An untimely petition may be salvaged if grounds exist to equitably toll the limitation period. Equitable tolling, however, is an extraordinary remedy that is rarely granted. Tucker v. Kingston, 538 F.3d 732, 734 (7th Cir. 2008). The Supreme Court has explained that “a petitioner is entitled to equitable tolling only if he shows (1) that he has been pursuing his rights diligently, and (2) that some extraordinary circumstance stood in his way and prevented timely filing.” Holland v. Florida, 560 U.S. 631, 649 (2010) (internal quotation marks omitted).

Here, Lindsley provides no reason why he failed to file his federal habeas petition within the one-year deadline. Although he complains that his appellate counsel was ineffective, this does not explain why Lindsley did not file his own motion for post-conviction relief under § 974.06 or why he waited so long to file his habeas petition after the Wisconsin Court of Appeals rejected his attempts to reinstate his direct appeal rights. “Lack of familiarity with the law . . . is not a circumstance that justifies equitable tolling.” Taylor v. Michael, 724 F.3d 806, 811 (7th Cir. 2013).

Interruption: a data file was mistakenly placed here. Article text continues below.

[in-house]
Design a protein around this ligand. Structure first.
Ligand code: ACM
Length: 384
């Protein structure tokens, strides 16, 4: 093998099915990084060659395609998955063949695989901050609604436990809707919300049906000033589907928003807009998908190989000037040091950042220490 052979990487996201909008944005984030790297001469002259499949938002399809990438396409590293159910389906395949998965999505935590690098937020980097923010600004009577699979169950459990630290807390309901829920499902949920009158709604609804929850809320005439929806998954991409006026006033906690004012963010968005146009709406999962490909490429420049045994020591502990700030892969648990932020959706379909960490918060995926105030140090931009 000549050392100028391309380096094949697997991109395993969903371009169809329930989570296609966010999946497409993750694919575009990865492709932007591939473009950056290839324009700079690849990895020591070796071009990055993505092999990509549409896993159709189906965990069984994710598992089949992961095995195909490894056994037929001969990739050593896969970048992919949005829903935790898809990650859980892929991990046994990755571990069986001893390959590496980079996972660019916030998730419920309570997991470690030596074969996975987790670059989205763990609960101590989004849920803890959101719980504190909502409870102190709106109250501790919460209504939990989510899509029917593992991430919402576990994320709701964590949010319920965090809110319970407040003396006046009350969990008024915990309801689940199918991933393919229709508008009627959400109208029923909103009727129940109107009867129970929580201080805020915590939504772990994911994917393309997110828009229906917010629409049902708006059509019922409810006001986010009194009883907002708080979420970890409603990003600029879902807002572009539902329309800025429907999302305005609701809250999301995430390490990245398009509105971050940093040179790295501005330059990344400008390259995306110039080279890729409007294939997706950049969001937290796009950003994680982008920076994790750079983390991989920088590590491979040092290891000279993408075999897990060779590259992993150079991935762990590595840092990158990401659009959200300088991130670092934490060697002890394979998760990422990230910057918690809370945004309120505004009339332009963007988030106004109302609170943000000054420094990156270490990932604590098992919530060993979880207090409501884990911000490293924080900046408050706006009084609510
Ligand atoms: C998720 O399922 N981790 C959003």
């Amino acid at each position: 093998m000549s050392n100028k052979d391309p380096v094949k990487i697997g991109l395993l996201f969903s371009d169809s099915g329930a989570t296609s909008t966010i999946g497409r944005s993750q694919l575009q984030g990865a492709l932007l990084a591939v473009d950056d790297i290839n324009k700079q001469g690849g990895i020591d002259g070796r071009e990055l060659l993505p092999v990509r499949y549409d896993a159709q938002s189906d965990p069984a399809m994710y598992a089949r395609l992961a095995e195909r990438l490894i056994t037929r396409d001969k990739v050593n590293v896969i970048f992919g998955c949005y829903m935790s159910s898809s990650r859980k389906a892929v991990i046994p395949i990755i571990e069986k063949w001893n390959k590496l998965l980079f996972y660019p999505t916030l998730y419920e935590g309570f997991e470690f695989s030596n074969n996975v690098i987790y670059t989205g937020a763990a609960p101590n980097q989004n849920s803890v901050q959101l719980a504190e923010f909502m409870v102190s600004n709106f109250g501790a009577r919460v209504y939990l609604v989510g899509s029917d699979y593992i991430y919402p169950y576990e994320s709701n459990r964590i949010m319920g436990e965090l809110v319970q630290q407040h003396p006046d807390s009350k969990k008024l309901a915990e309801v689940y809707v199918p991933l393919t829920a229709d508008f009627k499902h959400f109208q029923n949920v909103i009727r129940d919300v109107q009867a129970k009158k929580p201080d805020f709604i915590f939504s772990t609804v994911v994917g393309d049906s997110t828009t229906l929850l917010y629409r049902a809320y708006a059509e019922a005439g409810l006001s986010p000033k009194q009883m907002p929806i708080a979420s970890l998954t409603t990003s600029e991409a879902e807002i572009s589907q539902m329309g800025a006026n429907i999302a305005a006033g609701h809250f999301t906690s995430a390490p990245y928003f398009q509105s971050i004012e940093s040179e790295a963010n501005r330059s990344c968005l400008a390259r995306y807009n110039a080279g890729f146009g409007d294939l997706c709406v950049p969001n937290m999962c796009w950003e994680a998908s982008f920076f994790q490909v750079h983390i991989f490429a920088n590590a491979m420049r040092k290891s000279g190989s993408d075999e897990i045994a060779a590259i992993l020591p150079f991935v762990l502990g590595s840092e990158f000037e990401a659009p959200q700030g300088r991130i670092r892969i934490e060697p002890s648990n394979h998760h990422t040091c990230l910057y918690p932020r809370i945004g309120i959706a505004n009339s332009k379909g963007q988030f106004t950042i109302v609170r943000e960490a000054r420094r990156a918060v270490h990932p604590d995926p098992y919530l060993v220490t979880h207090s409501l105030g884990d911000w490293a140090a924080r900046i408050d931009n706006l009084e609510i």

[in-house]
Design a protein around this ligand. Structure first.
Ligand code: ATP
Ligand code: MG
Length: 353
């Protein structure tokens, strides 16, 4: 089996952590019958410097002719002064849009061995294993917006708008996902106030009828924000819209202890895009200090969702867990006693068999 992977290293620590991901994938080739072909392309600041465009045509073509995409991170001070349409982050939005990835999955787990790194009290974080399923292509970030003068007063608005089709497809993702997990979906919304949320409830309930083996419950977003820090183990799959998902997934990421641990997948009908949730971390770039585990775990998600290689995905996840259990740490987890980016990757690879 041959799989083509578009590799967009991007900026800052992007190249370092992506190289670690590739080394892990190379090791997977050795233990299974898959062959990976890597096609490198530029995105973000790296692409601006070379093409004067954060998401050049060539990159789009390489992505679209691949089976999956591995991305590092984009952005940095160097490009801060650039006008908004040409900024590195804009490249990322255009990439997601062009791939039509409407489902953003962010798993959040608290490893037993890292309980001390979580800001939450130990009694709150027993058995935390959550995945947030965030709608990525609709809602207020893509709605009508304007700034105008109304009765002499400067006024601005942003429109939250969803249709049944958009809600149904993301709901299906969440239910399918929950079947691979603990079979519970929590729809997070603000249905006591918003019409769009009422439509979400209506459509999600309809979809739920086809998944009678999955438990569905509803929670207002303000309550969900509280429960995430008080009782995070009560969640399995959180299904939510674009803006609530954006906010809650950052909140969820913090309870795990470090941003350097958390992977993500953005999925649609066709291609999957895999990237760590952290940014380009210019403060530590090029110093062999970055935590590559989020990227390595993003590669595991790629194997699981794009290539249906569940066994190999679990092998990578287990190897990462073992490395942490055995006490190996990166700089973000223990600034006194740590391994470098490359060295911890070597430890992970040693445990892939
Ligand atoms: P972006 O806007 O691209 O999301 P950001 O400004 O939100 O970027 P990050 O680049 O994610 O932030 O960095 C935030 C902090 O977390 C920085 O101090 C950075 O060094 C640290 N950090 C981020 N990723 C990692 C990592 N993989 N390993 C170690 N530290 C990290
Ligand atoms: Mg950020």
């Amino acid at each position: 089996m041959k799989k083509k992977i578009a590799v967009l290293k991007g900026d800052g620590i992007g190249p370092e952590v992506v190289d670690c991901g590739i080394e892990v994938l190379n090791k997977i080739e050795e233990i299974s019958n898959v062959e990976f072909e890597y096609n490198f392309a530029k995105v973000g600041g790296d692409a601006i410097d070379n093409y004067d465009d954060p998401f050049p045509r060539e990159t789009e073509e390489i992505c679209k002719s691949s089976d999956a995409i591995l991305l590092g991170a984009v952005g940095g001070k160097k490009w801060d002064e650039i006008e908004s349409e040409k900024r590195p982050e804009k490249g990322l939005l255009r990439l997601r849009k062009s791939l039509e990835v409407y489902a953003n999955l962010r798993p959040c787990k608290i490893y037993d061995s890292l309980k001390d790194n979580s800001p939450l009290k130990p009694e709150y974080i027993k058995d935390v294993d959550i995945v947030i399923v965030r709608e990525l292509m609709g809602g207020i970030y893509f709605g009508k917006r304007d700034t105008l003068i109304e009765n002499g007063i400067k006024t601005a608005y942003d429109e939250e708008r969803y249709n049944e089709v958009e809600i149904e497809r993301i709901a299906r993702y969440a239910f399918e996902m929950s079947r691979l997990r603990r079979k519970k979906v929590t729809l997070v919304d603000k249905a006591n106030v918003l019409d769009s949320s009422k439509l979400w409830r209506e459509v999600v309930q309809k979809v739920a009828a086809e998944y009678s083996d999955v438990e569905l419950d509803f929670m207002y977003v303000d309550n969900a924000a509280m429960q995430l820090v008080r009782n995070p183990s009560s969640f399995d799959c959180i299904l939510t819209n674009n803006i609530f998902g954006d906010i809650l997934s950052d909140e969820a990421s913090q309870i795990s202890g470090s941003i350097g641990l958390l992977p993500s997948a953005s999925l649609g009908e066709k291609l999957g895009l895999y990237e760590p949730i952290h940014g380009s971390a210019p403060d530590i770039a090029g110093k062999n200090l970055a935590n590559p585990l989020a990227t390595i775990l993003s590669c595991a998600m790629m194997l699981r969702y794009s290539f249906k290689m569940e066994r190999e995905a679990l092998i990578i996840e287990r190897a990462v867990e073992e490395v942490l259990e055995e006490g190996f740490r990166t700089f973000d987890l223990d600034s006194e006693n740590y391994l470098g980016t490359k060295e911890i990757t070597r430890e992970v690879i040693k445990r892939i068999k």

All of this being so, the Supreme Court has cautioned that before a court may dismiss a habeas petition based on the statute of limitations, the court must give the petitioner fair notice and provide him with an opportunity to present his position. See Day v. McDonough, 547 U.S. 198, 210 (2006). Accordingly, I will allow Lindsley to supplement his pleadings and to show cause why his claims are not barred from federal review by the one-year statute of limitations found in 28 U.S.C. § 2244(d)(1).



(1) Not later than February 22, 2016, petitioner Curtis E. Lindsley is directed to show cause why his petition should not be dismissed as barred by the one-year statute of ...